Kevin approves of Annisa's approval of nukes and taking unexpected advantages. He's not at all clear on what happened to Prometheus but if it's being debated whether it's worse than being dead he's probably not being unreasonable to want to nuke some gods about it.
She turns back to her flashcards, when no one answers that, instead of getting caught up in the question of what the Greeks or Lord Byron may have believed about Prometheus's alternatives, since Prometheus is not, in fact, real, and even if he were real he would be too busy getting his liver pecked out to help her pass her Avicenna course.
Dasha has been paying attention to her knife but there's enough mental space there to muse about that for a bit. "They're probably like angels, and I think those can't die?" And then she shuts her mouth before any more inadvisable commentary can escape, because that's almost definitely heresey of some sort and - she glances up at Naima, Annisa, and Malak - probably heresey of the wrong religion. Do Muslims have angels? - not the point.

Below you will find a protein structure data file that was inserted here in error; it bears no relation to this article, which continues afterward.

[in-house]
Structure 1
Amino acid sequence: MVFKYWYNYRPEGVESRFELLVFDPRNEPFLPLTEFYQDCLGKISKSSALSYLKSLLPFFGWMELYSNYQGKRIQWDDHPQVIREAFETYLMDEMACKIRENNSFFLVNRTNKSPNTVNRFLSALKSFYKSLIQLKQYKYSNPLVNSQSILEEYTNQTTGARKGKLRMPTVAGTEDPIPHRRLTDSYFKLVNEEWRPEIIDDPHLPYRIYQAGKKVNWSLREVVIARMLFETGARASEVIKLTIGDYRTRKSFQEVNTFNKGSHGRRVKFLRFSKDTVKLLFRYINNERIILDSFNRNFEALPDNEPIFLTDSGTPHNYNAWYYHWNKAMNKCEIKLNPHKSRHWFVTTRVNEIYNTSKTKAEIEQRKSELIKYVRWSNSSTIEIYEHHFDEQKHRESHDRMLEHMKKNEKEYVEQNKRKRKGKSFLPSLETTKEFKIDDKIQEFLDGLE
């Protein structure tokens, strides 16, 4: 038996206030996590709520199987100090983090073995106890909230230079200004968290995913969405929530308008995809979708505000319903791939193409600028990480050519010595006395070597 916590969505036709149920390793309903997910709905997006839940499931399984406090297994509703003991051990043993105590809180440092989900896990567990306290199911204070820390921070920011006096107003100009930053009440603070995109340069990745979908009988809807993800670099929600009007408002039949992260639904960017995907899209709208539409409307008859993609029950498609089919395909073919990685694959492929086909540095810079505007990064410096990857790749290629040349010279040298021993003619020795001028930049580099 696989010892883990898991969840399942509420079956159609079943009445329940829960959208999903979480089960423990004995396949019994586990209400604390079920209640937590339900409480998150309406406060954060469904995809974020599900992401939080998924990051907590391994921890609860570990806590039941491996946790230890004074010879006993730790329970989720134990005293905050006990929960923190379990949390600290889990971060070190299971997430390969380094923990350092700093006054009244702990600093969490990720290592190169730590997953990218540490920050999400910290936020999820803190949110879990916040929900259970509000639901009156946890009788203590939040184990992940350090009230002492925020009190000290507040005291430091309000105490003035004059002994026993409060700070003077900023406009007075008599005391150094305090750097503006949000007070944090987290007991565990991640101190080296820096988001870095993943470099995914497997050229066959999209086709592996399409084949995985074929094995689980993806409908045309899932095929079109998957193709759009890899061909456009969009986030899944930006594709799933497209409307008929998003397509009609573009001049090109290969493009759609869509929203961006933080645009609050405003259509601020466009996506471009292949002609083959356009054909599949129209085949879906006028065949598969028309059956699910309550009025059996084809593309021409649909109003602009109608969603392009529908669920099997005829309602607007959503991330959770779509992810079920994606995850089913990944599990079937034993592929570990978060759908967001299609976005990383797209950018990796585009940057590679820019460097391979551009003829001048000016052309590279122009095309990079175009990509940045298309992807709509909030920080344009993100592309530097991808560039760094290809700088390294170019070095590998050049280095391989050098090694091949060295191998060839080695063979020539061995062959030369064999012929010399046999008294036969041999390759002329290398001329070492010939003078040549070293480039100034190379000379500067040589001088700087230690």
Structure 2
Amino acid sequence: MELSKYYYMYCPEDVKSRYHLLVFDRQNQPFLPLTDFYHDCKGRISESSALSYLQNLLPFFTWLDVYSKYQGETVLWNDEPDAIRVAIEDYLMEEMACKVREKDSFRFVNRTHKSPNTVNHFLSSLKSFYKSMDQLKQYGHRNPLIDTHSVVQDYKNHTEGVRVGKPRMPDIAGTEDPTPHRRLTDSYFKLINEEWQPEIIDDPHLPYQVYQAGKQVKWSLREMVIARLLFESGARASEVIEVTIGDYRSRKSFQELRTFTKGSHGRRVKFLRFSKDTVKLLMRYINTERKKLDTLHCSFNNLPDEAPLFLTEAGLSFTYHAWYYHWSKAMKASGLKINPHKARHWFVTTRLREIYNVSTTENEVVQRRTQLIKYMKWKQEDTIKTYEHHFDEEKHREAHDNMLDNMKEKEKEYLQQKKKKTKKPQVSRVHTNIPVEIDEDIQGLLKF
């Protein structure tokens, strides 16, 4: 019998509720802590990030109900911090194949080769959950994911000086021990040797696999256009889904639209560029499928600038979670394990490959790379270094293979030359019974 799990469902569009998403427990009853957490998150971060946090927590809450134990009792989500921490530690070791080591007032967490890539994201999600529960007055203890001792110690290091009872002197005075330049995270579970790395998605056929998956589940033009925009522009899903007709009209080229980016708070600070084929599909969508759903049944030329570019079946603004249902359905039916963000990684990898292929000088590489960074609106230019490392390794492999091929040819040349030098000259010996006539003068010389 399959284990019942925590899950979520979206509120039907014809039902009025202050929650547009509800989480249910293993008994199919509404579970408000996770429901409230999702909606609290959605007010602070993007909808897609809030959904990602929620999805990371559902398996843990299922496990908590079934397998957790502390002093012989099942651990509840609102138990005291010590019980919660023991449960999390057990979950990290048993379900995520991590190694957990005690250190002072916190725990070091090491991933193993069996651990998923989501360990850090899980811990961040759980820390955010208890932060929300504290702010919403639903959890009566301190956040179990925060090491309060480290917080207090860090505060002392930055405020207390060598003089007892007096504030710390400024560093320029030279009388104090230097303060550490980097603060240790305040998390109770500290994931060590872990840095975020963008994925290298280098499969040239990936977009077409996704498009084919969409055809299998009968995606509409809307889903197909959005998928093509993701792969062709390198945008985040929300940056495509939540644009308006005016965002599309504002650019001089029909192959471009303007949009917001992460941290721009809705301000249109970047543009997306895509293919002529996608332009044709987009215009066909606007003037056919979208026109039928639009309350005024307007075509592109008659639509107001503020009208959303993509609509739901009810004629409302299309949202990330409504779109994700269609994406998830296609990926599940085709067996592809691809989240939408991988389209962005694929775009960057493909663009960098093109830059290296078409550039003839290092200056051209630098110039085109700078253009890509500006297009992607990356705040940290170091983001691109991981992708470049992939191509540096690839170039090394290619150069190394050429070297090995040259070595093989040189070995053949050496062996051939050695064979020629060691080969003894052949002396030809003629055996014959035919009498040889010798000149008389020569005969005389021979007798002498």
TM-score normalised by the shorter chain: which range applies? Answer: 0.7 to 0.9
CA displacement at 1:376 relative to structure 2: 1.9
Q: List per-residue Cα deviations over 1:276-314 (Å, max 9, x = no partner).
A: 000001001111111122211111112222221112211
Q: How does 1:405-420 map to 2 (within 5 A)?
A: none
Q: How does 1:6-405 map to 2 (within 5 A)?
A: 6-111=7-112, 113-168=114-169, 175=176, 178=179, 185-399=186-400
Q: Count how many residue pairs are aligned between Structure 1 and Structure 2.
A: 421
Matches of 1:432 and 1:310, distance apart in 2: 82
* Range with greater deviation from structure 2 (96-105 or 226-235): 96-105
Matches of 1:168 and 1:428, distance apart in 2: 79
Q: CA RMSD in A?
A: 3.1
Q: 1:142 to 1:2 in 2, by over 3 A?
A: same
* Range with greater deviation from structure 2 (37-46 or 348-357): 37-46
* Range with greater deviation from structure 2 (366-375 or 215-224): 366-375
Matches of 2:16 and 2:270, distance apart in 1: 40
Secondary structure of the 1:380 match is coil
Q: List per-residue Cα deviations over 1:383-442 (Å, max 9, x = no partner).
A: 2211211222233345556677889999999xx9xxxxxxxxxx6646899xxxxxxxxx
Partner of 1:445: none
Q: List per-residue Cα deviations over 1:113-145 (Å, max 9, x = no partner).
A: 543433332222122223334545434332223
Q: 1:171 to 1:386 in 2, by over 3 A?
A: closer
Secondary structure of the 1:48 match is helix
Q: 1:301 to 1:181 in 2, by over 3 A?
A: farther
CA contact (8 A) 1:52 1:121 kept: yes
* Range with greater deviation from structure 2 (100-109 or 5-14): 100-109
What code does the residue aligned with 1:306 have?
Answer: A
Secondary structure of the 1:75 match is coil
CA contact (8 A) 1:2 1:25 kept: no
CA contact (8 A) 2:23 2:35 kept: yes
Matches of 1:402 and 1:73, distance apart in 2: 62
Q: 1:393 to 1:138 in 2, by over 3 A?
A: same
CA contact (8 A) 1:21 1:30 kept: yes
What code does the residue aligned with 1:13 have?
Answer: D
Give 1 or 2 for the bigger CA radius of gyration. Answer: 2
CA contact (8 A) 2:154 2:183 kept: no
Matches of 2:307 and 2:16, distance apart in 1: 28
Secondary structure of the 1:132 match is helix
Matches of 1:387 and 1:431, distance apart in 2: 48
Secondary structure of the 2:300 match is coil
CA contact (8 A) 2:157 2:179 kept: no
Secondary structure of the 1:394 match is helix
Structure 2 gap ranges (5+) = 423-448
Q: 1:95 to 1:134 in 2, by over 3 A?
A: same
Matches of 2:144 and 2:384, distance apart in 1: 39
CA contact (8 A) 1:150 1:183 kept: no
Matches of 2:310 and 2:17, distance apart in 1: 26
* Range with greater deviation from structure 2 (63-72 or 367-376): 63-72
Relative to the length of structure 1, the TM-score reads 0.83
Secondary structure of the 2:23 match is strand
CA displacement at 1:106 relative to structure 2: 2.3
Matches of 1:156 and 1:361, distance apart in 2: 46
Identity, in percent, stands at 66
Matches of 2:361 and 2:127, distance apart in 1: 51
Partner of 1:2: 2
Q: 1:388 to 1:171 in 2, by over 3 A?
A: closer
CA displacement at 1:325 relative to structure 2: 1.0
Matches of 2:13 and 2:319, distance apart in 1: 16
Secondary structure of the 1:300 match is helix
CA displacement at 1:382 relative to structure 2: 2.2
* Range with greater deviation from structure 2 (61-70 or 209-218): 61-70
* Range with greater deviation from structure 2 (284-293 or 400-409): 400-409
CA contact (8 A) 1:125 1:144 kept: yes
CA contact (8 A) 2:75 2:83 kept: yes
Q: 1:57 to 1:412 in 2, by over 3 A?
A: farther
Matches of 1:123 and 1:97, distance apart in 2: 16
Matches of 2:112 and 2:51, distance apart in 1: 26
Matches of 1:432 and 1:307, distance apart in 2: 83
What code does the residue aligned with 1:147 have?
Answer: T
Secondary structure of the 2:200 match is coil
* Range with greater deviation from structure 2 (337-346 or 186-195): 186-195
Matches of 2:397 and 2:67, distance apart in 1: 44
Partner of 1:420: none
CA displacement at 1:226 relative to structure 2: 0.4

Oh, whoops, looks like she can't focus on her flashcards if we're discussing this. " - yeah, but okay, within Greek mythology the gods can die, right, Zeus slew Cronus or something? Maybe a bunch of the titans died at some point? So then do they just cease to exist, or do they live on in the underworld, or what? Because I feel like that affects the specifics of how we ought to understand Prometheus's punishment."
Right, Russia is religious.
She is still not going to say anything because "That's right, angels can't die, but also Promethus isn't real." is even worse than just asserting the falsity of the greek gods as far as making things awkward with the atheists goes.